Aaron Perry, recycOil CEO, convicted for trespassing, company files libel suit
Aaron Perry, CEO and CFO of recycOil, a Boulder waste oil recycling firm also known as Rocky Mountain Sustainable Enterprises (RMSE), has been found guilty of trespassing on a competitor's property, but not guilty of harassment and a misdemeanor trespassing charge.
After a two-day trial, a Boulder County jury found Perry guilty of third-degree trespassing, a class one petty offense. He will be sentenced on October 7.
Sustainable Oil Services (SOS), another oil recycling company, filed trespassing charges against Perry and RMSE Vice President Adam Hall following an incident on September 17, 2010 in which the two entered SOS property after business hours and asked several questions about the business.
Hall pleaded guilty to trespassing in June and received a deferred sentence of eighteen months of unsupervised probation; he was also ordered to stay at least 100 feet away from SOS facilities. Perry said Hall pleaded guilty because he and his wife were planning on moving to China after she was offered a teaching position there, and they did not want a trial to derail their plans.
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"I'm glad that there was a conviction indicating that a competitor came onto our premises illegally, for what purpose I guess is still unknown," says Kurt Lange, SOS founder and President. "They came in after hours, so it's pretty clear they had nefarious intentions in doing that."
But Lange was apparently very close to feeling no such vindication.
"As I understand it from my co-council, along with the prosecutor speaking to the jury after the verdict, it was a very, very close call even on that guilty charge," says Alex Garlin, Perry's lawyer. "In my opening statement and my closing statement, I had characterized what was happening as the trial that never should have been. And my understanding is that at least one of the jurors in the discussion post-verdict essentially echoed that sentiment. My understanding is it came extremely close to having been found not guilty on all three."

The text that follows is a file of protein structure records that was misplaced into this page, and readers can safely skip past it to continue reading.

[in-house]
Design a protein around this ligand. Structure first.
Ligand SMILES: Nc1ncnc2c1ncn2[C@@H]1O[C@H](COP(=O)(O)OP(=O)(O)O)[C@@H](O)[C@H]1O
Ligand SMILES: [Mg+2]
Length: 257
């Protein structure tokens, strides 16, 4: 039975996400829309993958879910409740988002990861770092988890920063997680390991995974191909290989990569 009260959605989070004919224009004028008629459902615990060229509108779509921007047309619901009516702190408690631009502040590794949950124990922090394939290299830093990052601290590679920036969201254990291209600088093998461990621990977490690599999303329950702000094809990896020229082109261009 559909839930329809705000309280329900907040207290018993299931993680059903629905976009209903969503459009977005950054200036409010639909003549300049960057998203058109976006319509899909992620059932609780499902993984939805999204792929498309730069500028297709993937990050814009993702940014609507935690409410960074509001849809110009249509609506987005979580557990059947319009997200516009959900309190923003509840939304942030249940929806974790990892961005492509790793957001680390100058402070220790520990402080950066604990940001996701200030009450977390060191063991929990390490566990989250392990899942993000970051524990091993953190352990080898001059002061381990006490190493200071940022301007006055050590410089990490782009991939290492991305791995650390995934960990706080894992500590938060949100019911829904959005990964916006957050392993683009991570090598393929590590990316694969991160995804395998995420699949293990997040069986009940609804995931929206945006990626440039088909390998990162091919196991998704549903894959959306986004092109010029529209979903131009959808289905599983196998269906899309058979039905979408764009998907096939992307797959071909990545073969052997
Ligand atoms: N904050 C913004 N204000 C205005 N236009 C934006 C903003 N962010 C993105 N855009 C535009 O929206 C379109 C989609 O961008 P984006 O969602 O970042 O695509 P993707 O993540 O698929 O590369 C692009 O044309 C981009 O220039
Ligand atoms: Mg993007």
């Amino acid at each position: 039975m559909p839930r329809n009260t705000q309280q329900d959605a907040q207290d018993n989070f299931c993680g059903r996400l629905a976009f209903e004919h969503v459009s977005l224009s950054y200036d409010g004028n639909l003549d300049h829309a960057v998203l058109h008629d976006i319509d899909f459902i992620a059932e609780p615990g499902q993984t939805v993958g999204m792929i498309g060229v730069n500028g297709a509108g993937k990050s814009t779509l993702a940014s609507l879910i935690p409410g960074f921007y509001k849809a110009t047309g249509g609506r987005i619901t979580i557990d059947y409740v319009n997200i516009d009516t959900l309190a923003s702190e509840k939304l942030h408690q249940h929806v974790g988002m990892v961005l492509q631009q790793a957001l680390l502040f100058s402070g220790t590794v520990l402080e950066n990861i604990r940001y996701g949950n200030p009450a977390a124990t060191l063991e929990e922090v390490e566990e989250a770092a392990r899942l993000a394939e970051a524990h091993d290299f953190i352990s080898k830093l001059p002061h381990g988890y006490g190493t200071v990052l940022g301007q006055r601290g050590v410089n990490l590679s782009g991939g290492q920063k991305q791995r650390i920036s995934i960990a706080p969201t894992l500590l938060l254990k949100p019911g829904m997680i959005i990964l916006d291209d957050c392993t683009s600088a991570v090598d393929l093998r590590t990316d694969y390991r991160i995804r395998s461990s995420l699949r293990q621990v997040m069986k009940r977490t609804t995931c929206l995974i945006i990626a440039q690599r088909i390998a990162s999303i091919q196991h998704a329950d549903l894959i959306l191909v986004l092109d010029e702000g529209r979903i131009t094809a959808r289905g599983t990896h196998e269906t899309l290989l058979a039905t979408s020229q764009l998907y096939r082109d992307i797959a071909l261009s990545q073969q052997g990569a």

SOS also has accused RMSE of stealing $120,000 worth of oil and barrels. The company has filed six police reports related to barrels located at restaurants and hotels around the Front Range.
Mark Husmann, an investigator for the Boulder District Attorney's Office, says he has collected information on all six of the reports Lange filed for theft, but he wouldn't comment on the ongoing investigation. No charges have been filed based on these reports.
"I'm thinking this is just a start of things to come," says Lange. "As these other investigations begin to conclude, I would suspect that they may face additional charges."
RMSE is picturing a more harmonious future.
"Aaron Perry, as the CEO of recycOil and RMSE, and the company, are most interested in reaching out to SOS and its principals so that they can compete in this important industry in a cooperative way," Garlin says. "I know that Rocky Mountain Sustainable Enterprises is just looking for a new beginning in its interactions and relationship with SOS."
Nonetheless, the Daily Camera reports that recycOil filed a libel suit at the end of August against Jennifer Hronkin, a Longmont biofuel advocate and critic of recycOil. According to the Camera, the lawsuit states that Jennifer Hronkin "intentionally published on the Internet multiple false and defamatory statements about recycOil."
The lawsuit reportedly claims false and defamatory statements were made by Hronkin relating to grants recycOil received from both the USDA and the Colorado Department of Agriculture.
Perry said recycOil was awarded the grants but has not received any of the money because the scope of their projects has changed. He says much of the grant money was awarded to recycOil to help build a biodiesel plant in Morgan County, but since the company is now looking to build that plant closer to the Denver Metro area, it will not receive the grant money.
RMSE is reportedly seeking an injunction against Hronkin and unspecified damages.
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